51. 51.
    Neyton L, Boileau P, Nové-Josserand L, Edwards TB, Walch G. Glenoid bone grafting with reverse design prosthesis. J Shoulder Elb Surg. 2007;16(3 Suppl):S71–8.  https://doi.org/10.1016/j.jse.2006.02.002.CrossRefGoogle Scholar
  52. 52.
    Norris TR, Kelly JD 2nd, Humphrey CS. Management of glenoid bone defects in revision shoulder arthroplasty: a new application of the reverse total shoulder prosthesis. Tech Shoulder Elb Surg. 2007;8:37–46.  https://doi.org/10.1097/BTE.0b013e318030d3b7.CrossRefGoogle Scholar
  53. 53.
    Nowak DD, Bahu MJ, Gardner TR, Dyrszka MD, Levine WN, Bigliani LU, et al. Simulation of surgical glenoid resurfacing using three-dimensional computed tomography of the arthritic glenohumeral joint: the amount of glenoid retroversion that can be corrected. J Shoulder Elb Surg. 2009;18:680–8.  https://doi.org/10.1016/j.jse.2009.03.019.CrossRefGoogle Scholar
  54. 54.
    Phipatanakul WP, Norris TR. Treatment of glenoid loosening and bone loss due to osteolysis with glenoid bone grafting. J Shoulder Elb Surg. 2006;15:84–7.  https://doi.org/10.1016/j.jse.2005.06.004.CrossRefGoogle Scholar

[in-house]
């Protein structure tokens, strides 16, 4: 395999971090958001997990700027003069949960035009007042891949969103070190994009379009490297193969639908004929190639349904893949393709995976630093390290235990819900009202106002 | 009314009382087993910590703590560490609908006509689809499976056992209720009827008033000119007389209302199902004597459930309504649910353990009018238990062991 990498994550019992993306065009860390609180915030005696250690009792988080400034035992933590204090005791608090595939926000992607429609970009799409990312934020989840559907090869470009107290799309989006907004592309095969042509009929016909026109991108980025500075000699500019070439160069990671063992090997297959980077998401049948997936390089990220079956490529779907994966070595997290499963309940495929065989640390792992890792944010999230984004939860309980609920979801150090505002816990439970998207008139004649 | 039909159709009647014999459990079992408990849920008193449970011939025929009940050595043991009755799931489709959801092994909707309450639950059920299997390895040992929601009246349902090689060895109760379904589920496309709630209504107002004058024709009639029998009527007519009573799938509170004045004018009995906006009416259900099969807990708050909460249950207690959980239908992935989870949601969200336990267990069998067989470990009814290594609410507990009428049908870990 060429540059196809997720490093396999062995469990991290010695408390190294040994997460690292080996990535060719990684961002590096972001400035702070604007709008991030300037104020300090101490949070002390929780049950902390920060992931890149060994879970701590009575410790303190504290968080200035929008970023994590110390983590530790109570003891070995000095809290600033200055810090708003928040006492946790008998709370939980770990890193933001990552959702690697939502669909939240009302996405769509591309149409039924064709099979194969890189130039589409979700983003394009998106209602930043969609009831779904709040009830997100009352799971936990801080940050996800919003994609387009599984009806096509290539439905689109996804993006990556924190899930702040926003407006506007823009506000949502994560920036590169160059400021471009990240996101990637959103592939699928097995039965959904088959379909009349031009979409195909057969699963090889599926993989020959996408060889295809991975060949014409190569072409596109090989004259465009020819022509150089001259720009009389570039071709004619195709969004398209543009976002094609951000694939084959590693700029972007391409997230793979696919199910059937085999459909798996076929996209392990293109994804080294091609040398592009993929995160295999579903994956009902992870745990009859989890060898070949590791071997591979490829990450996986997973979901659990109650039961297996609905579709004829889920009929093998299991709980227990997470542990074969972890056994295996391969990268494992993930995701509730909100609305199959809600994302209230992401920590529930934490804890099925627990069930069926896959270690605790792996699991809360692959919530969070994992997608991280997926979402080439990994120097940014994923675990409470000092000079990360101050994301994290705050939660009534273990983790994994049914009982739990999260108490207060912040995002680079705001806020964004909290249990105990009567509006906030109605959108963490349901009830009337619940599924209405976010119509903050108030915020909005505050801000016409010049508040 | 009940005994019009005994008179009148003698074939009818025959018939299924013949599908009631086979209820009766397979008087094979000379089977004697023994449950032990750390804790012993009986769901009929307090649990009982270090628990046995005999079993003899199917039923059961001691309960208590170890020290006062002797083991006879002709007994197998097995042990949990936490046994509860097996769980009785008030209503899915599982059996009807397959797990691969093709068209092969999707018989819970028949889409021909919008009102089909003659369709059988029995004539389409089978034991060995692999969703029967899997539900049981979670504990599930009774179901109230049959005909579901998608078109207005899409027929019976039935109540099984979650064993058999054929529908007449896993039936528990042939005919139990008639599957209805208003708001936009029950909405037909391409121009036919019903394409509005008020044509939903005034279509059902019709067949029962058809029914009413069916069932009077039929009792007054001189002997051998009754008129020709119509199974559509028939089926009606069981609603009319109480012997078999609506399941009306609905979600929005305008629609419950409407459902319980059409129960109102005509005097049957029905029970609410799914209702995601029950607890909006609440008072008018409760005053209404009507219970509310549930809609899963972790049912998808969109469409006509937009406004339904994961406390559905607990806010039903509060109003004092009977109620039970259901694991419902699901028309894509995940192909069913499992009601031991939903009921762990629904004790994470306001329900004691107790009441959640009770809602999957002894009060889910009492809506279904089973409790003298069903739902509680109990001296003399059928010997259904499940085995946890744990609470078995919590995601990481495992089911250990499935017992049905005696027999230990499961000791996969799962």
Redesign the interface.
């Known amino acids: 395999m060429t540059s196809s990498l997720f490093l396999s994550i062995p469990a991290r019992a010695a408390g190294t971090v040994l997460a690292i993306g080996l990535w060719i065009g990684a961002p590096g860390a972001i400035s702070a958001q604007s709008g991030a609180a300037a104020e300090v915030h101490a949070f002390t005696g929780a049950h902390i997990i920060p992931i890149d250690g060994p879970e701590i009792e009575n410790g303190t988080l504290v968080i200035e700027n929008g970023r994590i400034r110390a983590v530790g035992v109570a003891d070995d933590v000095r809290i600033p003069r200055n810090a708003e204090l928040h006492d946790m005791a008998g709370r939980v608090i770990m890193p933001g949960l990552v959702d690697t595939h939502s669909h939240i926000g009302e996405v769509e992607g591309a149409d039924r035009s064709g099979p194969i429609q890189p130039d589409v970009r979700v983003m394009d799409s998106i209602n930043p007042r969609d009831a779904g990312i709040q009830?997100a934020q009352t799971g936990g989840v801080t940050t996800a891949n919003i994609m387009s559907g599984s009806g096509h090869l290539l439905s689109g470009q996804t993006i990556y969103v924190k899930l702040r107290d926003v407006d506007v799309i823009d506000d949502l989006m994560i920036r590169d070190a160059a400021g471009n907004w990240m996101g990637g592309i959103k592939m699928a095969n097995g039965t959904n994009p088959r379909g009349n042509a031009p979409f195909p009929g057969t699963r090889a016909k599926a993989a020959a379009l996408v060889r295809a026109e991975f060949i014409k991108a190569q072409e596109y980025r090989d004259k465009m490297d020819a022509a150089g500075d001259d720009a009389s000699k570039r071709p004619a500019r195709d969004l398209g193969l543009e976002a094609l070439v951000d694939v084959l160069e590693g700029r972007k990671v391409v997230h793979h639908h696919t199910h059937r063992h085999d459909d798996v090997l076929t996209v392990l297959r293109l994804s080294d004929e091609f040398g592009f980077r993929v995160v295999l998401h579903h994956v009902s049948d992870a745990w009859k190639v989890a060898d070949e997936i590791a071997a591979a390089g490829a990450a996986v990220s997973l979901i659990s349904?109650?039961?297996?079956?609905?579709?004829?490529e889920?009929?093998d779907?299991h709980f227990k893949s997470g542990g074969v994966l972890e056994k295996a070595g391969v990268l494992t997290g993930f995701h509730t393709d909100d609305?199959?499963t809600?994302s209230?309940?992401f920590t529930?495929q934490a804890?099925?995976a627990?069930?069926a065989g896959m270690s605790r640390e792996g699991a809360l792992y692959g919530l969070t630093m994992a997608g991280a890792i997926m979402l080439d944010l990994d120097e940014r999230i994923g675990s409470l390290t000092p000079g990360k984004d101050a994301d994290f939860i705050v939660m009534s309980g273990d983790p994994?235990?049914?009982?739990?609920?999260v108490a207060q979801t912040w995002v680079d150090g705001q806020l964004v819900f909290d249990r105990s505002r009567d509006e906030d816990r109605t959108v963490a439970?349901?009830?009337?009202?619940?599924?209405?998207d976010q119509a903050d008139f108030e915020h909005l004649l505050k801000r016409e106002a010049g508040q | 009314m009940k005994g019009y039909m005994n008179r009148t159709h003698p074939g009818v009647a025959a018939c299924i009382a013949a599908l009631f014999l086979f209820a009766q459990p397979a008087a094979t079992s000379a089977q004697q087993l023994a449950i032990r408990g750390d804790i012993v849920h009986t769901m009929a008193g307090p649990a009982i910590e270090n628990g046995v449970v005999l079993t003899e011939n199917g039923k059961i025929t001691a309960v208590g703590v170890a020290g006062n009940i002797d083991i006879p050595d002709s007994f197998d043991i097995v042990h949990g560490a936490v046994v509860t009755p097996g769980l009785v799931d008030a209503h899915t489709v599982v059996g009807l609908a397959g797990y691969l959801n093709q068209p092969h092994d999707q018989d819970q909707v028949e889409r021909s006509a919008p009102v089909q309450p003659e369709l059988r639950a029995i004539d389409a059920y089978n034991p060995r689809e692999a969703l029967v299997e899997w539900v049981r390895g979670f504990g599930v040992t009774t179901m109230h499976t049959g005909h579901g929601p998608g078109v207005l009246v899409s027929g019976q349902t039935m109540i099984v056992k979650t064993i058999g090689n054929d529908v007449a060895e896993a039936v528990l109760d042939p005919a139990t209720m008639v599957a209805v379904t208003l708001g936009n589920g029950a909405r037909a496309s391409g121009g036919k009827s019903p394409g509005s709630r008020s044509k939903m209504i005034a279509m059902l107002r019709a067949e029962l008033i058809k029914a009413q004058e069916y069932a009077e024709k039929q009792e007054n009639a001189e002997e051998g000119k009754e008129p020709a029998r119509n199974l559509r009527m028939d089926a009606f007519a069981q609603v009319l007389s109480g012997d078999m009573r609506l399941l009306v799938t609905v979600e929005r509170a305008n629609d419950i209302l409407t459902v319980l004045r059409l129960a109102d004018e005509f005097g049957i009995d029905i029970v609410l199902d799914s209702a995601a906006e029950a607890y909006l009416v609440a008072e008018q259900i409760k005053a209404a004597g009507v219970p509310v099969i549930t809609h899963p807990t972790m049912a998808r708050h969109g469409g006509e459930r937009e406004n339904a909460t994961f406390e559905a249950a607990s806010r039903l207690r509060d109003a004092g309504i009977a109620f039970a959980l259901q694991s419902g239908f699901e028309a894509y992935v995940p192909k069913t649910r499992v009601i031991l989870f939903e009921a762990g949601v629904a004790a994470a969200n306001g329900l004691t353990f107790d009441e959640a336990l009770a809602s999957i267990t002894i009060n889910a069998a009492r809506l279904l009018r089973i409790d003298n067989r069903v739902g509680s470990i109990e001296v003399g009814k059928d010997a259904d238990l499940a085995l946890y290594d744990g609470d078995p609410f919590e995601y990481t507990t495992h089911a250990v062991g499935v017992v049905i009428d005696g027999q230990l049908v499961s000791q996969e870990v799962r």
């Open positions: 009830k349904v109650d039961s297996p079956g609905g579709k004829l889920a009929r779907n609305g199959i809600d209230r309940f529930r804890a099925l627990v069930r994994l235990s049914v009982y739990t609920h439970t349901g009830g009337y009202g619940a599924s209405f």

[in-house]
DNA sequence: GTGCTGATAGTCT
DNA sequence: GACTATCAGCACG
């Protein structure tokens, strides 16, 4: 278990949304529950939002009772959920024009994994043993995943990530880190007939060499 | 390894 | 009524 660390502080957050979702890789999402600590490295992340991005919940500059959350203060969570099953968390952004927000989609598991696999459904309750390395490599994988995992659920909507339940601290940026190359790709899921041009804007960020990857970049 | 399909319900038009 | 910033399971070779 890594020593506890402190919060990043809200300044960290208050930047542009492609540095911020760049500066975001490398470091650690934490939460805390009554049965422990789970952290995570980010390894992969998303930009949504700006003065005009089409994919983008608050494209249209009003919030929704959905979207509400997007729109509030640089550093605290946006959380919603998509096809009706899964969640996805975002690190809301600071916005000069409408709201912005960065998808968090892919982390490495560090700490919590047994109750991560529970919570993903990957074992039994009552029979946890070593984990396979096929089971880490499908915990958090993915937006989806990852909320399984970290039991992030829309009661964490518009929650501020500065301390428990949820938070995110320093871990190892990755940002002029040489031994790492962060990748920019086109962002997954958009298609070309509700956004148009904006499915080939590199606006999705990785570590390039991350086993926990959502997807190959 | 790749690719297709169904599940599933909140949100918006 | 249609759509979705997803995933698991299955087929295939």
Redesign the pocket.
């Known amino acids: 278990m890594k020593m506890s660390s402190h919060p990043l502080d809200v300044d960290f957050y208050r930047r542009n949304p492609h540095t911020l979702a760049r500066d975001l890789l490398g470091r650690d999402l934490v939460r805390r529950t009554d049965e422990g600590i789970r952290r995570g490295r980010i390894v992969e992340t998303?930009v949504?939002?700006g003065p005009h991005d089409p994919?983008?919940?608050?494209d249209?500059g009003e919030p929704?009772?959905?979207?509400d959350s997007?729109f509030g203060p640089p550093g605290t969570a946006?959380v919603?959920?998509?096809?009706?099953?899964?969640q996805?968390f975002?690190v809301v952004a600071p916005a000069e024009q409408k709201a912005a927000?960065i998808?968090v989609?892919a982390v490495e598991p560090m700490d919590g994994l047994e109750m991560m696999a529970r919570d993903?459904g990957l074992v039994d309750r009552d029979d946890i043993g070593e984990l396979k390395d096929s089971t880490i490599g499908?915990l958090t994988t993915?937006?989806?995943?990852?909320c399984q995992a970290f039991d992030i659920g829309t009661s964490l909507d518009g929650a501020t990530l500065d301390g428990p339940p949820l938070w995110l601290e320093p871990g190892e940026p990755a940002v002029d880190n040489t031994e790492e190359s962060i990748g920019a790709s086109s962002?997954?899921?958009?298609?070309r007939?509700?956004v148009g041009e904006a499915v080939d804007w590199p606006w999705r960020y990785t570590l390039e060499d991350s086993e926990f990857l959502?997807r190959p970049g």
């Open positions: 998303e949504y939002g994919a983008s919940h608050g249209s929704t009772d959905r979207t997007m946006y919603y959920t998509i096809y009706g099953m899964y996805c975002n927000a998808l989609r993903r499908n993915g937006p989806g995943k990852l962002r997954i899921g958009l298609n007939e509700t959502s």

55. 55.
    Rice RS, Sperling JW, Miletti J, Schleck C, Cofield RH. Augmented glenoid component for bone deficiency in shoulder arthroplasty. Clin Orthop Relat Res. 2008;466:579–83.  https://doi.org/10.1007/s11999-007-0104-4.CrossRefPubMedPubMedCentralGoogle Scholar
  56. 56.
    Roche CP, Stroud NJ, Martin BL, Steiler CA, Flurin PH, Wright TW, et al. Achieving fixation in glenoids with superior wear using reverse shoulder arthroplasty. J Shoulder Elb Surg. 2013;22:1695–701.  https://doi.org/10.1016/j.jse.2013.03.008.CrossRefGoogle Scholar
  57. 57.
    Romano AM, Oliva F, Nastrucci G, Casillo P, Di Giunta A, Susanna M, et al. Reverse shoulder arthroplasty patient personalized rehabilitation protocol: preliminary results according to prognostic groups. Muscle Ligaments Tendons J. 2017;7:263–70.  https://doi.org/10.11138/mltj/2017.7.2.263.CrossRefGoogle Scholar
  58. 58.
    Sabesan V, Callanan M, Sharma V, Iannotti JP. Correction of acquired glenoid bone loss in osteoarthritis with a standard versus an augmented glenoid component. J Shoulder Elb Surg. 2014;23:964–73.  https://doi.org/10.1016/j.jse.2013.09.019.CrossRefGoogle Scholar
  59. 59.
    Sears BW, Johnston PS, Ramsey ML, Williams GR. Glenoid bone loss in primary total shoulder arthroplasty: evaluation and management. J Am Acad Orthop Surg. 2012;20(9):604–13.  https://doi.org/10.5435/JAAOS-20-09-604.CrossRefGoogle Scholar
  60. 60.
    Scalise JJ, Bryan J, Polster J, Brems JJ, Iannotti JP. Quantitative analysis of glenoid bone loss in osteoarthritis using three-dimensional computed tomography scans. J Shoulder Elb Surg. 2008;17:328–35.  https://doi.org/10.1016/j.jse.2007.07.013.CrossRefGoogle Scholar
  61. 61.